If you’re planning on cashing in life insurance policy, then one of the most popular practices is surrendering your cash policy, which is a good choice. According to this method, you can give back your policy to your insurer company in exchange for money. In doing so, the company becomes the owner again, and you will not be required to pay the premiums thereafter. However, it’s important to note that many companies let you surrender only on the completion of 3 years ownership over the policy; you can contact your life insurance provider to know the same.


A.     PROS

  1. You will get cash on the exchange; however, it’s important to note that you may not get the face value or the benefit value, but you will get the amount after a series of calculations, like the tax, etc. Since you immediately get the amount in hand, you can use it for your immediate financial needs.
  2. On surrendering the policy, you will become eligible to purchase a policy from other companies.

B.     CONS

  1. Your beneficiary will not receive the death benefit on account of your death, while you tend to lose your life insurance coverage.
  2. Since you no longer have the ownership over the policy and subsequently won’t be paying any premiums, you will not be able to borrow money from the cash value of your policy.
  3. The surrender charges will be more on account that your policy is relatively new; this means that the older your policy is, the fewer surrender charges will be levied.
  4. The funds you receive will be taxed.
  5. Most importantly, if you have been regularly receiving a bonus or dividend from the company, such offers will no longer be available for you.


Generally, there are two ways to calculate the surrender value; the guaranteed value and the special surrender value. The former will be mentioned in your product brochure as well as the policy bond. However, in the latter, the company starts to calculate the value once you put forward the surrender request.

  1. Guaranteed Surrender Value: To get this benefit, you should be the owner of the policy for a minimum of three years and should have paid the premium values throughout the years with no interruption. Generally, you will be given 30% of the total premium you have paid. However, the premium for the first year will be excluded. It’s important to note that if you have obtained additional premiums like the accidental death benefit, then such benefits be excluded. Also, if you have received any bonus through the policy, then that might be excluded as well.
  2. Special or Cash Surrender Value: This value is usually calculated by multiplying your total paid-up value, bonus and the surrender value factor. If you stop paying your premium amount after a span of time, you will continue to be the owner of the policy, but the assured sum of money tends to reduce accordingly. This is calculated by multiplying the sum of the original assured money with the ratio of the number of paid premiums and the number of premiums to be paid. The last element to be multiplied is the surrender value factor; the factor can be obtained on addition of your paid-up value as well as a bonus. Ideally, you can ask for these factors from your insurance provider to calculate efficiently.


  1. Surrendering of pure term plans: Since term plans are low-cost insurance policies, the surrender benefit is usually not enabled, and thus, you will not get cash on the exchange. Ideally, for cashing in life insurance policy, you can surrender during the free look period, or you can let your policy lapse; the former means the allotted period for you right after purchasing the policy, which is usually 15 days’ time where you can change your decision within that period. On returning during such a period, you will be entitled to your premium amount after the deduction of certain charges.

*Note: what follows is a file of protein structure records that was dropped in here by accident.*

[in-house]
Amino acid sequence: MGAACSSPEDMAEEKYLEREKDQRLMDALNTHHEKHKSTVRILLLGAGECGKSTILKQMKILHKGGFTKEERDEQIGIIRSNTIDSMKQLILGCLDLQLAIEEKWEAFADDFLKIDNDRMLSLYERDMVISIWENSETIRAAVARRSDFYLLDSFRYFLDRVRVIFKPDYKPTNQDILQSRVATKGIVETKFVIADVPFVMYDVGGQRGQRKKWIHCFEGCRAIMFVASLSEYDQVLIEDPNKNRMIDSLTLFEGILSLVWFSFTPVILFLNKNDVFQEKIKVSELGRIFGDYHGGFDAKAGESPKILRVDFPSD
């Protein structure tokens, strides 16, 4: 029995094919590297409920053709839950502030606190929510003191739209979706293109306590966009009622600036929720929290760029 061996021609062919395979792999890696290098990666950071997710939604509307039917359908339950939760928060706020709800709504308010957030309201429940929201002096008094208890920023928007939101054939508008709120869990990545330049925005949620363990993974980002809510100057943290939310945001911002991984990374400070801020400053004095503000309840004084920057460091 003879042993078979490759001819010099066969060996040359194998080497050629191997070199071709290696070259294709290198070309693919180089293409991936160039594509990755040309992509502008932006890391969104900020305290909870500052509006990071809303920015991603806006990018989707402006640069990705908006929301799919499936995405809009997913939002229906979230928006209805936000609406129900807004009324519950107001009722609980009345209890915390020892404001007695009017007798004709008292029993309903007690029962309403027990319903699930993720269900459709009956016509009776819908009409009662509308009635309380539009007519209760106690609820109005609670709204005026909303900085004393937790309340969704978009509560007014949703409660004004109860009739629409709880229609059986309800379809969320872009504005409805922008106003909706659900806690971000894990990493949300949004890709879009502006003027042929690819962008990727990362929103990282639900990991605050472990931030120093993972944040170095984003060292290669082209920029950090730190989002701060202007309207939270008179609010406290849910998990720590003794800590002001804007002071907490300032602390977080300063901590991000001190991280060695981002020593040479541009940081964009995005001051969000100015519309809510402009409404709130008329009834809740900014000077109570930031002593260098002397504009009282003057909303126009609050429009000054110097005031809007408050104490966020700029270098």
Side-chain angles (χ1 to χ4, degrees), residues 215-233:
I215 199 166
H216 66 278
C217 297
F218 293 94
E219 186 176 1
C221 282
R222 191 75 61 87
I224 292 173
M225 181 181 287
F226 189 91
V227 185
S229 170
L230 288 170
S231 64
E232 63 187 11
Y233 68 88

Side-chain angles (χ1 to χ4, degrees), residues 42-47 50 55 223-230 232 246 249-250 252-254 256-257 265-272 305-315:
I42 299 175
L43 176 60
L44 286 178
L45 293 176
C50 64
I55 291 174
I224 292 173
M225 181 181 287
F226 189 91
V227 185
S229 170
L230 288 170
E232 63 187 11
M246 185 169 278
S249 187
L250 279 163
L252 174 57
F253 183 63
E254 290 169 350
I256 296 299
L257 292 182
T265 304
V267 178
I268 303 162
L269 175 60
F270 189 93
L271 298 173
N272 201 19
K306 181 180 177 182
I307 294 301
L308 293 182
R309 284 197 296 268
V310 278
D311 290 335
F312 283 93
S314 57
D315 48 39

2. Surrendering of endowment and unit-linked plans: Usually, you will be expected to own the policy for three years, and your premium payment history must show that you were paying without interruption.
  3. Surrendering of ULIPS (Unit-Linked Insurance Plans): If you stop paying the premium amount before the lock-in period, which is 5 years, your policy tends to lapse. After lapsing, you will get the benefit by the end of 5 years after the deduction of certain charges. It’s important to note that such charges range between $2000 and $6000; the earlier you surrender, the higher the charge to be levied. However, if you surrender after the lock-in period, you will get back your fund value with no deduction or charge.


You have to inform your insurance provider company regarding the surrender of your policy.

To analyze your request, you will be asked to fill a form along with the provision of such details:

  1. Your original policy bond.
  2. A photocopy of your bank passbook or any of your recently canceled cheque leaf; this is because most insurance provider companies prefer facilitating payments through a bank and thus, your latest details are required.
  3. You need to carry both the original as well as a photocopy of your identity proof and address proof. On analyzing the same, the original copy will be returned to you.
  4. On completion of the above-mentioned steps, your request will be processed within 10 days. If you qualify for the same, your policy will be taken back by the company on providing cash.


Since there are numerous types of policies, subsequently, there are numerous benefits that are conferred on returning the same as well. Ideally, you can choose the type of policy with more surrender benefits and fewer deduction charges; this will help you insure as well as retract with more ease.


Published by rudds james